How to Use LinkedIn to Grow Your Network
LinkedIn is a powerful tool for small businesses looking to grow their network. They boast 660 million members worldwide and over 165 million in the U.S. alone.
Because it’s a business-focused social network, having a presence on the platform is a necessity for those running B2Bs. But B2C businesses can thrive on LinkedIn as well. Since the network is all about business, many users are going there to seriously look for solutions to a problem they have (unlike Facebook or Instagram, where they might just be going to look for cute pet photos).
If you understand how to use the platform effectively, it can help you grow your network and get ahead of the competition. Here’s how you can do it.
Build a Strong Profile for Yourself
Your journey on LinkedIn all begins with a personal profile. In order to build trust, fill out your page as completely as possible. Include a photo, bio, and full resume. Strangers feel better about connecting with you if they can learn a bit about you from your profile. Plus, the more information you include, the more likely you are to find a meaningful point of connection with a stranger that can help you to reach out.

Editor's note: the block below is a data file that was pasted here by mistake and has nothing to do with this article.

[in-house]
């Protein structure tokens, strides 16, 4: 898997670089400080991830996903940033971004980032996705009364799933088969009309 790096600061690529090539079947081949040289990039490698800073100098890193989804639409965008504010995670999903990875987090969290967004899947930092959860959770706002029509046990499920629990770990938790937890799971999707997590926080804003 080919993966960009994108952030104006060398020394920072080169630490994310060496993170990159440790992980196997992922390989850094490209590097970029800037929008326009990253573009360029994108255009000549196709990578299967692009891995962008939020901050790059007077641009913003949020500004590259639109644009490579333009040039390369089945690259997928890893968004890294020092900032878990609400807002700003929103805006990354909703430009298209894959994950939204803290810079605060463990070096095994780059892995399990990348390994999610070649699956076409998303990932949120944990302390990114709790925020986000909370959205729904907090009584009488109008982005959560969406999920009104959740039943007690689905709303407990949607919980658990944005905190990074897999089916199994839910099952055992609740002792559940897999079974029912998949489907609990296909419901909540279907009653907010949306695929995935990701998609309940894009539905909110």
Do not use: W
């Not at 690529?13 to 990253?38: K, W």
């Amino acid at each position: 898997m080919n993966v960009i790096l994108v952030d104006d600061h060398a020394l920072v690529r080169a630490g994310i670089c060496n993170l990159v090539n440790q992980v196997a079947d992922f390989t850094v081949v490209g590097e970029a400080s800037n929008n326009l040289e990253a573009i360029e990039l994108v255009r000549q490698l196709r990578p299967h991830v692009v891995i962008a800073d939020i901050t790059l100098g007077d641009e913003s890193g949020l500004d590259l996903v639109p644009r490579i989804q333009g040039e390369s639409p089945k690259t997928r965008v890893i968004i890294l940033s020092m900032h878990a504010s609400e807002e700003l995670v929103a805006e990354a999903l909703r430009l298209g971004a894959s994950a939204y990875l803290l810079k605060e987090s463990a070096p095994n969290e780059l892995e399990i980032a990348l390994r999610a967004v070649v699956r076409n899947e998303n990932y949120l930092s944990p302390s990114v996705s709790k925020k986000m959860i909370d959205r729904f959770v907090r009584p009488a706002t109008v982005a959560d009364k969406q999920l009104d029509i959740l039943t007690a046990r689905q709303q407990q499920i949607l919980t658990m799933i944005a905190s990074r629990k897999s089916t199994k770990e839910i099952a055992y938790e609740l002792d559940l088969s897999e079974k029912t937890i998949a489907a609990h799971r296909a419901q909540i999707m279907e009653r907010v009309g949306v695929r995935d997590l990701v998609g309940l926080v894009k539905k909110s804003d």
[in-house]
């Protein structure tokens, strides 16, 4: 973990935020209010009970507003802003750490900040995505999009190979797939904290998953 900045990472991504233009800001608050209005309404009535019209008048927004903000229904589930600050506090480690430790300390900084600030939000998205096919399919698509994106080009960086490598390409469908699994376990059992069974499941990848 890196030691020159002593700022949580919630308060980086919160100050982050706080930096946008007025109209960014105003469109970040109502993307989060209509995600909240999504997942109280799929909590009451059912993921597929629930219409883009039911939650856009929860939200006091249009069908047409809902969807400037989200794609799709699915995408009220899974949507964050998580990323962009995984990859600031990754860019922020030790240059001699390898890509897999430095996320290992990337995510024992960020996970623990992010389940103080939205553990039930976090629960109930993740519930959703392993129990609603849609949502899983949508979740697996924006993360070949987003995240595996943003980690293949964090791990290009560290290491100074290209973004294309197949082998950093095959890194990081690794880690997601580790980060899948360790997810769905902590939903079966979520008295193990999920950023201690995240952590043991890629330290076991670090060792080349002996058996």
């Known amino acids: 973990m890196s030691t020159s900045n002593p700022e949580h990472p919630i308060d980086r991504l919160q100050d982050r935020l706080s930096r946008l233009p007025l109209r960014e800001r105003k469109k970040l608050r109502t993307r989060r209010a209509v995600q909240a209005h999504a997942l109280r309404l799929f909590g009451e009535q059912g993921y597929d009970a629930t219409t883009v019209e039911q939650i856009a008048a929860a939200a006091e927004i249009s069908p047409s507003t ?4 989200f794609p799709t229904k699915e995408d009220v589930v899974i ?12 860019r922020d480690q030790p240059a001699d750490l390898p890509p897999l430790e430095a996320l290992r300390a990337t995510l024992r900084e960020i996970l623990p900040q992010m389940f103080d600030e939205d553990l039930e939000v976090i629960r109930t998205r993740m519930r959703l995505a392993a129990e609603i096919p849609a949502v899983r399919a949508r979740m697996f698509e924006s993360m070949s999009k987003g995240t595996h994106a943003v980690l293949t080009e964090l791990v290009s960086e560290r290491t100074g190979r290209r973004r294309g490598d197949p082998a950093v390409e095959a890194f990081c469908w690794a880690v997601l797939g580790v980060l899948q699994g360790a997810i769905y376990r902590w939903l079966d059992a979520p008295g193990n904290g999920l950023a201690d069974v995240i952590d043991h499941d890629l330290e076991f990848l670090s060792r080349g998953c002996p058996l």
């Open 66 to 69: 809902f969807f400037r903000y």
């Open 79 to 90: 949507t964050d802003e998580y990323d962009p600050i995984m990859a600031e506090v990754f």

For example, if you’re both alumni of the same school, that’s any easy point of commonality for you to leverage in your introduction. A request to connect that comes along with a note like “I see you went to KU, too. Always nice to connect with a fellow Jayhawk!” will get you a lot further than a generic greeting.
Also include trust-building elements. LinkedIn allows you to ask your connections for endorsements. Reach out to a few former colleagues or clients already in your LinkedIn network, and get them to say a kind word that specifically outlines the value you bring to a work relationship.
Show How You Can Help Them
Once you do create your profile page, you can start reaching out to people. However, there are a few important rules to follow.
First, do a little research on the people you’re going to connect with. Are they really the right fit for your business? What can you glean about them from their profile that will help you write a tailored message?
That’s the important next step: Take the extra time to create a personalized message. There’s nothing less enticing to a prospect than a generic LinkedIn request to connect that’s clearly been copy-pasted to dozens of other people. Why should that person give you any of their time when you haven’t given them the time to do a little research into what they do? Plus, a generic message makes it all about you; a great sales pitch is about them.